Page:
How to Make Oolong Tea in a Clay Teapot

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Step-by-step instructions with photos on how to make oolong tea using a clay teapot. You’ll be surprised at how good oolong tea can taste using this traditional method.

Oolong tea poured into a small cup

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Oolong Tea

Oolong tea is a real tea, which means it comes from the camellia sinensis plant. What else is real tea? Black tea, green tea, white tea, and puerh tea. Not a real tea? All herbal teas like hibiscus and chamomile.

Freshly picked tea leaves from the camellia sinensis plant are processed to create the different types of tea. The most processed is black tea and the least processed is white tea. 

Processing includes withering, oxidation, shaping, and drying tea leaves. Oolong falls in between black and green tea in how processed it is. 

RELATED: Want to Get into Oolong Tea? Start Here.

Brewing Oolong Tea in a clay teapot 

A traditional way to make oolong tea is in a small clay teapot. Another way to brew oolong tea properly is to use a gaiwan, a traditional Chinese tea brewing bowl with a lid.

There are a few reasons I use the clay teapot:

  • Clay teapots retain heat well so they keep the water hot.
  • The teapot is porous, so, over time, it’ll soak in the flavor of the tea, which is quite lovely.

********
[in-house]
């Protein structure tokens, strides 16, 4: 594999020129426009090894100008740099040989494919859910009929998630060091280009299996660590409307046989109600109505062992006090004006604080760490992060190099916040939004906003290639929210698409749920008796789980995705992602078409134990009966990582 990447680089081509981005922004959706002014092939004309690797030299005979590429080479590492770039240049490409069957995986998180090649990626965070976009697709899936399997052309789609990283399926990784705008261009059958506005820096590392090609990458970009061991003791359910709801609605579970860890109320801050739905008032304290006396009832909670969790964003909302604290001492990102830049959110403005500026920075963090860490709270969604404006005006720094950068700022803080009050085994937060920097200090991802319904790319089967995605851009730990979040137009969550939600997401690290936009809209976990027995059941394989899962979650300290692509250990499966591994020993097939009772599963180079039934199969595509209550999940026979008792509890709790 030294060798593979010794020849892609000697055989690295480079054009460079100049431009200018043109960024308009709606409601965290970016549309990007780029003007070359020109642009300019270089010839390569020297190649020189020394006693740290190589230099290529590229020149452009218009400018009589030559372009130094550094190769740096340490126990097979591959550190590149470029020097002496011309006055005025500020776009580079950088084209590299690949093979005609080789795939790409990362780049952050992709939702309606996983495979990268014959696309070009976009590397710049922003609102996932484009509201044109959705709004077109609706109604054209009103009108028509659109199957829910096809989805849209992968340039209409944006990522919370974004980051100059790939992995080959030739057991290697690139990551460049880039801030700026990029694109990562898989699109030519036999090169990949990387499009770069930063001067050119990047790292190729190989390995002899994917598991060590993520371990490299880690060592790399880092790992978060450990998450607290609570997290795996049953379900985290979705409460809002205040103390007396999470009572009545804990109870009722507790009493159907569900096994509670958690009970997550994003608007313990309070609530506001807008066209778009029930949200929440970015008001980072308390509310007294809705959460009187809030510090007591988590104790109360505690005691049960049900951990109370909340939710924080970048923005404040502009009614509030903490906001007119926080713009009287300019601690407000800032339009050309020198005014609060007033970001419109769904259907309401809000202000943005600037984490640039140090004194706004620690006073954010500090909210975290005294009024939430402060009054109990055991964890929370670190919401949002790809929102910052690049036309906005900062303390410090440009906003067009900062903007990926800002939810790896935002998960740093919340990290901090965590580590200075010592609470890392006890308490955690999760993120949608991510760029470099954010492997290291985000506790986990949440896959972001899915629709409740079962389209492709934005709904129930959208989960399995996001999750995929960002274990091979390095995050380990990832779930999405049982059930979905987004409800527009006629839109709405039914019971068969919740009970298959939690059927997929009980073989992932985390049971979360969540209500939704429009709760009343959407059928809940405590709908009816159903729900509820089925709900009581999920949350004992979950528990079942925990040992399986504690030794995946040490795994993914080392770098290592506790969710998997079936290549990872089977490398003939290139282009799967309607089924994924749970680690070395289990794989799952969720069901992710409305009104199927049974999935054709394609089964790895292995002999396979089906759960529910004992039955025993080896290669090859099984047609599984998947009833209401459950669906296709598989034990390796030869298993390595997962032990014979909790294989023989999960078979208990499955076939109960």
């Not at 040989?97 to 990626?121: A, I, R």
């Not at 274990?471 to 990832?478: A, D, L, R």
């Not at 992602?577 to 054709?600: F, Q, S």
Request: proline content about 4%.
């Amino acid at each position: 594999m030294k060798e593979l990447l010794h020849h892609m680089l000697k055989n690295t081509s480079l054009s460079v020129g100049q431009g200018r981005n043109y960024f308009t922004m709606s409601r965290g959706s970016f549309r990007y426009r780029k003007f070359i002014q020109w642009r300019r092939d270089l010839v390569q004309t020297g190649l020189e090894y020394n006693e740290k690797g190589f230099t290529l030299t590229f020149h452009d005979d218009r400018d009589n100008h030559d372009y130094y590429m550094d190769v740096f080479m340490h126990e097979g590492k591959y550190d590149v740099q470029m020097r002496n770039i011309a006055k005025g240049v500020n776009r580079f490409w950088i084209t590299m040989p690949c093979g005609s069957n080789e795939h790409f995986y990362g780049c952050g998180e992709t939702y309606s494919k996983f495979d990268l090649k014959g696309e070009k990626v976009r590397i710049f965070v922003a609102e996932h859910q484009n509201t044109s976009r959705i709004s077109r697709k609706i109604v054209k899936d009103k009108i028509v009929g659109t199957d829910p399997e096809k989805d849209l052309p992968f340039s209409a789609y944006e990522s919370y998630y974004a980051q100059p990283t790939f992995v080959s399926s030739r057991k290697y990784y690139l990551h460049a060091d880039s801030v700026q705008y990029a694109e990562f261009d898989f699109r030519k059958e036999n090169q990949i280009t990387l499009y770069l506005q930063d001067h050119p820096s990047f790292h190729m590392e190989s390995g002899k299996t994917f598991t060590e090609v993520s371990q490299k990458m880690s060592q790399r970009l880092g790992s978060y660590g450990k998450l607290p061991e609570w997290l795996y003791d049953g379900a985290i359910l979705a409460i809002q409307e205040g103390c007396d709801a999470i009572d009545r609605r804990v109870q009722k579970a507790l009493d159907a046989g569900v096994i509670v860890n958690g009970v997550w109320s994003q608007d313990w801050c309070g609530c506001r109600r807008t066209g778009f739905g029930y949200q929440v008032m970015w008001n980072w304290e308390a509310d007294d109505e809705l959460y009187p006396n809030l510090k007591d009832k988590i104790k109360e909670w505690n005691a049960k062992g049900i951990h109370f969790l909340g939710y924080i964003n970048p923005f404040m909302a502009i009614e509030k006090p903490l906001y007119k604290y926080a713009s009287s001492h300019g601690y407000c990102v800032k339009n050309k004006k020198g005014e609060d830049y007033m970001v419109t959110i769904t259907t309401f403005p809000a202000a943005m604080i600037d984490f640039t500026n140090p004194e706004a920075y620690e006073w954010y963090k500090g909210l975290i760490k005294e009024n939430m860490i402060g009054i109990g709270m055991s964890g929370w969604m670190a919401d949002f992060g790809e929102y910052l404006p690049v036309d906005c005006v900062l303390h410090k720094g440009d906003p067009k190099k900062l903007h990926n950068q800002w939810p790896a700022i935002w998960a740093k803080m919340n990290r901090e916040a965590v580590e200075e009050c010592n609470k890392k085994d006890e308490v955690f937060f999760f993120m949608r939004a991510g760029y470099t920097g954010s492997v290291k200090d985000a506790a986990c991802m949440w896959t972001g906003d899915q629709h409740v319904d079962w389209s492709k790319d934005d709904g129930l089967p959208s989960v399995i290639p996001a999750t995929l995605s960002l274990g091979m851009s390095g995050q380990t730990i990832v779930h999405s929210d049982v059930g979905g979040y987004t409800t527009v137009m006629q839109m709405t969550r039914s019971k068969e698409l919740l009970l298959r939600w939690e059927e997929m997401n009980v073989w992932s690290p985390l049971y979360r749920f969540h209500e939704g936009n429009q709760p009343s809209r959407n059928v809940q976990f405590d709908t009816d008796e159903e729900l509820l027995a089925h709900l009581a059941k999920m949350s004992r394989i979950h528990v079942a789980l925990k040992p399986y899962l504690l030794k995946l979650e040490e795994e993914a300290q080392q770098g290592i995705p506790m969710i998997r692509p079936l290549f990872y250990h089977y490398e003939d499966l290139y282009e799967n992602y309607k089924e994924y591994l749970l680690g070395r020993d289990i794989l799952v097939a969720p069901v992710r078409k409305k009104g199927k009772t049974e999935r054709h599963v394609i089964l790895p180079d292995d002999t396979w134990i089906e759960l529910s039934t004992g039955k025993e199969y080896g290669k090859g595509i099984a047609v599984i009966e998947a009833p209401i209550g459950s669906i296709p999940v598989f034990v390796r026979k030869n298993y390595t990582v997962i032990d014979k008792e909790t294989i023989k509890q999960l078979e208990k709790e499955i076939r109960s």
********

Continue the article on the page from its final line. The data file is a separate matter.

• It’s easy to brew multiple steeps of the same oolong tea leaves.

To drink oolong tea, you don’t add any milk or sugar. Just oolong tea and hot water. That’s it.

What You’ll Need

Tools and teaware to make oolong tea

STEP 1: Measure your tea using a scale.

For proper oolong tea tasting and brewing, you should use only loose tea. Tea in tea bags just aren’t good enough quality and you won’t get the full experience and flavors.

When brewing oolong tea in a clay teapot, weighing tea is essential so that you get the exact amount of tea you need.

Some teas are long and twisty while others are rolled into tight little balls. You would get a completely different amount of tea using a teaspoon whereas using a scale gives you an accurate amount regardless of the shape of the tea.

I’m going with 6 grams of oolong tea for one small clay teapot, which holds one cup of water.